Timo Seppäläinen, Fall 2017:

This is the first semester of a two-semester graduate-level introduction to probability theory. It also serves as a stand-alone introduction to the subject. The course will focus on the following topics: foundational material (probability spaces and existence of processes), independence, zero-one laws, laws of large numbers, weak convergence and the central limit theorem, conditional expectations and their properties, and martingales (convergence theorem and basic properties).

FOR MATHEMATICS STUDENTS: In addition to serving students interested in majoring in probability theory, this course goes well together with many areas of mathematics as probability is becoming more and more connected with other parts of mathematics. At the same time the importance of probability in science, technology and industry is increasing, so knowledge of probability can enhance the employment prospects of a math student.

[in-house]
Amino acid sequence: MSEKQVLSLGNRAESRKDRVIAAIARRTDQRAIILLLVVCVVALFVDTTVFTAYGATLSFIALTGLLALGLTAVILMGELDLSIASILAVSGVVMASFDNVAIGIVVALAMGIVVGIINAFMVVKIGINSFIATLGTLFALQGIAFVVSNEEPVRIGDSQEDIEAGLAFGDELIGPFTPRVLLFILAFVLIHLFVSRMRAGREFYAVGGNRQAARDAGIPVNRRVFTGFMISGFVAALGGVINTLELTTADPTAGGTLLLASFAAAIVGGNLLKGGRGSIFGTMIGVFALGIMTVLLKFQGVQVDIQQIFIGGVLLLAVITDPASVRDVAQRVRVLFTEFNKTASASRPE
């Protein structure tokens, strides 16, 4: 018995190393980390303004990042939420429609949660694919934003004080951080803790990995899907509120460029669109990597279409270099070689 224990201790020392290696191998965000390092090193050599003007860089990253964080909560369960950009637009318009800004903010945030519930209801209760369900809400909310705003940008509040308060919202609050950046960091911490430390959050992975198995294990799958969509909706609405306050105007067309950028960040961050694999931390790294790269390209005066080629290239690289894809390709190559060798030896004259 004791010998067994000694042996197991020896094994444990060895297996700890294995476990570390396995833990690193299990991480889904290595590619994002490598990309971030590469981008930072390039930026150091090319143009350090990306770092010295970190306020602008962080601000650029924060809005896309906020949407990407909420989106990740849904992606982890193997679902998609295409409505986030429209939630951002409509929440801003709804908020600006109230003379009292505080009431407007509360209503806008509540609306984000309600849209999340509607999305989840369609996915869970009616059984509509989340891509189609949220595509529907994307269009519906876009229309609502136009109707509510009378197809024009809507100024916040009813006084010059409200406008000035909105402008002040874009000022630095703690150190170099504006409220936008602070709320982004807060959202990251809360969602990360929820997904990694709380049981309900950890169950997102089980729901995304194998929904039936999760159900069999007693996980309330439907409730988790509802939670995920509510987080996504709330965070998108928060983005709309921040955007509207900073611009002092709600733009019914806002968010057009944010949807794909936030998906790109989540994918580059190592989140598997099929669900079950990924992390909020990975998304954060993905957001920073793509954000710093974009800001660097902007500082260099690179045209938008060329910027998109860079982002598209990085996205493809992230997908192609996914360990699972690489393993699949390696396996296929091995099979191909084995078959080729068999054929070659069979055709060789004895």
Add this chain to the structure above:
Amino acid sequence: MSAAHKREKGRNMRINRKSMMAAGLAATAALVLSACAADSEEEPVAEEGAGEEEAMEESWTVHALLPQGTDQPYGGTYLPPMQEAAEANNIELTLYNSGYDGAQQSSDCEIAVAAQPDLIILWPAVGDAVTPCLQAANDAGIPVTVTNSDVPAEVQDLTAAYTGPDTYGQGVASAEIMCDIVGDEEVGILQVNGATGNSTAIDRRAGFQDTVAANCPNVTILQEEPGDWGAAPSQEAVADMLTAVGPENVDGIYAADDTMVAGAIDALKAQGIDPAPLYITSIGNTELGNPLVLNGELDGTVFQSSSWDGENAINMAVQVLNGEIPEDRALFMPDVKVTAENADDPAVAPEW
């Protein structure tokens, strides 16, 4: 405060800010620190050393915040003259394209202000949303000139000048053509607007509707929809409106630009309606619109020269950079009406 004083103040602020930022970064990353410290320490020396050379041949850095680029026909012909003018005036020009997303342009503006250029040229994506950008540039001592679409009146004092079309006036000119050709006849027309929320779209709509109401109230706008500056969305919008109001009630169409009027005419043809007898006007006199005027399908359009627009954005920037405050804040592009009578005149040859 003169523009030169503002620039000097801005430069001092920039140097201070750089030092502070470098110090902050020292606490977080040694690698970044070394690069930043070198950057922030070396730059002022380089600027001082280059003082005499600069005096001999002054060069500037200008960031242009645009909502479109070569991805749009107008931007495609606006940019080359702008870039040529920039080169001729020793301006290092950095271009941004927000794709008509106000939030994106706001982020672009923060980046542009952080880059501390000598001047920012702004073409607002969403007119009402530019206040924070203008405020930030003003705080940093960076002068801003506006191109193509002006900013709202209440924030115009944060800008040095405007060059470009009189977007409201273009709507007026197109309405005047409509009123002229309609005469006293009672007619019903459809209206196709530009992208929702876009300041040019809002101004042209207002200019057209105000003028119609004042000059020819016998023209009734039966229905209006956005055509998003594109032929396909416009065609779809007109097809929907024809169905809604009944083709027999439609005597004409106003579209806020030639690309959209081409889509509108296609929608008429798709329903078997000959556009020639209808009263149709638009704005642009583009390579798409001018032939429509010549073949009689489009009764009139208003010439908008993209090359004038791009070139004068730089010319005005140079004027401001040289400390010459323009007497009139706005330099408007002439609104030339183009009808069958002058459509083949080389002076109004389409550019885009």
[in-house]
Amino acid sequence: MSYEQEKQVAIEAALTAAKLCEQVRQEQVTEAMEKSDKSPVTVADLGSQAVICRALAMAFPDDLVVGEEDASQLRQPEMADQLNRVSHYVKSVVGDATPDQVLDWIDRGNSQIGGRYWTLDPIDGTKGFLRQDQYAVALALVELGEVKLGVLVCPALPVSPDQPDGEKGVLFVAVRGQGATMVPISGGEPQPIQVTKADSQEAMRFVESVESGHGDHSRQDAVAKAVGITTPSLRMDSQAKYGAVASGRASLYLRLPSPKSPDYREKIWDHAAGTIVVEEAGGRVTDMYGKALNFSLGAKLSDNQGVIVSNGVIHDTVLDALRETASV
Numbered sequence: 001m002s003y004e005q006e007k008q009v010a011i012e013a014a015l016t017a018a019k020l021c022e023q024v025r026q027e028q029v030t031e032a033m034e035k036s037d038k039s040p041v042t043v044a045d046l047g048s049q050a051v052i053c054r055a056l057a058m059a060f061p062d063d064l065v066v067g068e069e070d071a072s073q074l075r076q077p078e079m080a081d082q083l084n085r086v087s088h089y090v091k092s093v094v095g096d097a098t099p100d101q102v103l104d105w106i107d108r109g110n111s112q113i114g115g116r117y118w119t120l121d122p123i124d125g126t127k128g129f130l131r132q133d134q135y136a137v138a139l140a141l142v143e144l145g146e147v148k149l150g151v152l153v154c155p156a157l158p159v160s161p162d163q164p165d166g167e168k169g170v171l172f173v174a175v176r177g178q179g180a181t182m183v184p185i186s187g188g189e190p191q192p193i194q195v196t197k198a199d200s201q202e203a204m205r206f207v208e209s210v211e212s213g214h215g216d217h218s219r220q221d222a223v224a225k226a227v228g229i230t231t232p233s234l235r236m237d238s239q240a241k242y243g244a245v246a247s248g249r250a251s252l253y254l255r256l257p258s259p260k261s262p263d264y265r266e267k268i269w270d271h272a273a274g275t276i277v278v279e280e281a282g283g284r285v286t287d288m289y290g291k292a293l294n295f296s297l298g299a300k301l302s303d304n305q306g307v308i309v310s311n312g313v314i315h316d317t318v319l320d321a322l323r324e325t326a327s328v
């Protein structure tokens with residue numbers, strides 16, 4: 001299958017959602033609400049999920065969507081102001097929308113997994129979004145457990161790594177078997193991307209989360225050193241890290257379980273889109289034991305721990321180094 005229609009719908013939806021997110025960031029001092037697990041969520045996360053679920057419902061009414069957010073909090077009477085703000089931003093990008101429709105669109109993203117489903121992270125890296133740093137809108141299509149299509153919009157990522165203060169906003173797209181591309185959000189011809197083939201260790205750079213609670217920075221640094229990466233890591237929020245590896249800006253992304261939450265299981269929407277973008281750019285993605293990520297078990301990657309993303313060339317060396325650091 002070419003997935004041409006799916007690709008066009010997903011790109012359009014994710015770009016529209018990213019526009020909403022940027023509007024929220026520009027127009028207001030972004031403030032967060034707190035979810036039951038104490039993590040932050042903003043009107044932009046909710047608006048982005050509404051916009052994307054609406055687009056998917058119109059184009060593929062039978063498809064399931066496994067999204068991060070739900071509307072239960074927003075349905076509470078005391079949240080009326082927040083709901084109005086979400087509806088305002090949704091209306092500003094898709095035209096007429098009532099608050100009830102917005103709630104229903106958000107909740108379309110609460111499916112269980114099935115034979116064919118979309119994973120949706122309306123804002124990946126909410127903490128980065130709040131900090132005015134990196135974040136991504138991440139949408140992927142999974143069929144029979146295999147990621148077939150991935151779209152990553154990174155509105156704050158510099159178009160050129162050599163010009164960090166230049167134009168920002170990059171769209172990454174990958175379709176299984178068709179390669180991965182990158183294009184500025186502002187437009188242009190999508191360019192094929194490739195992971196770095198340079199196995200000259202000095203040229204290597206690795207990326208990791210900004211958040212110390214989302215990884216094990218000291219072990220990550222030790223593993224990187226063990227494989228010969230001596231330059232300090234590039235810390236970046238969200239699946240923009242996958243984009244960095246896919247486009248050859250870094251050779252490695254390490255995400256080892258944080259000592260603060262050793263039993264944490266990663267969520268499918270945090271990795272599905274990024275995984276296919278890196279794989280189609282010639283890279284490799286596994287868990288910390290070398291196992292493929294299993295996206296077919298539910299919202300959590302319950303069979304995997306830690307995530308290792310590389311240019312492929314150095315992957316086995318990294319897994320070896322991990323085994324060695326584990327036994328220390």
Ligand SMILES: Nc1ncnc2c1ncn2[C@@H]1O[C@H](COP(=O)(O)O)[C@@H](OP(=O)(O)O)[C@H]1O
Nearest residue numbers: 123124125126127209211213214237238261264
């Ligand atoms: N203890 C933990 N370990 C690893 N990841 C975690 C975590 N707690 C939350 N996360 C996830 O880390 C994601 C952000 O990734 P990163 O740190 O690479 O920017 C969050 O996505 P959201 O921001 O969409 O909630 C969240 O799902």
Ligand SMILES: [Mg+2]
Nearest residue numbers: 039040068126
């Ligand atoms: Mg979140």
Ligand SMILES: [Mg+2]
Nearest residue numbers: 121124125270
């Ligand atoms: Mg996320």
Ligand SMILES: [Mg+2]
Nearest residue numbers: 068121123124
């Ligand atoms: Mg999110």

FOR STUDENTS IN OTHER PROGRAMS: Graduate probability is particularly popular among statistics, economics and engineering students. A PhD Math Minor requires four courses, and 733 or 733-734 serve well for that purpose.

PREREQUISITES: Comfort with rigorous analysis and some elementary probability are necessary. Probability theory operates in a measure-theoretic framework, so it is important to know basic measure theory. Depending on the needs of the audience, we can start with a review of measure theory.

TEXTBOOK: Rick Durrett: Probability: Theory and Examples http://www.amazon.com/Probability-Cambridge-Statistical-Probabilistic-Ma...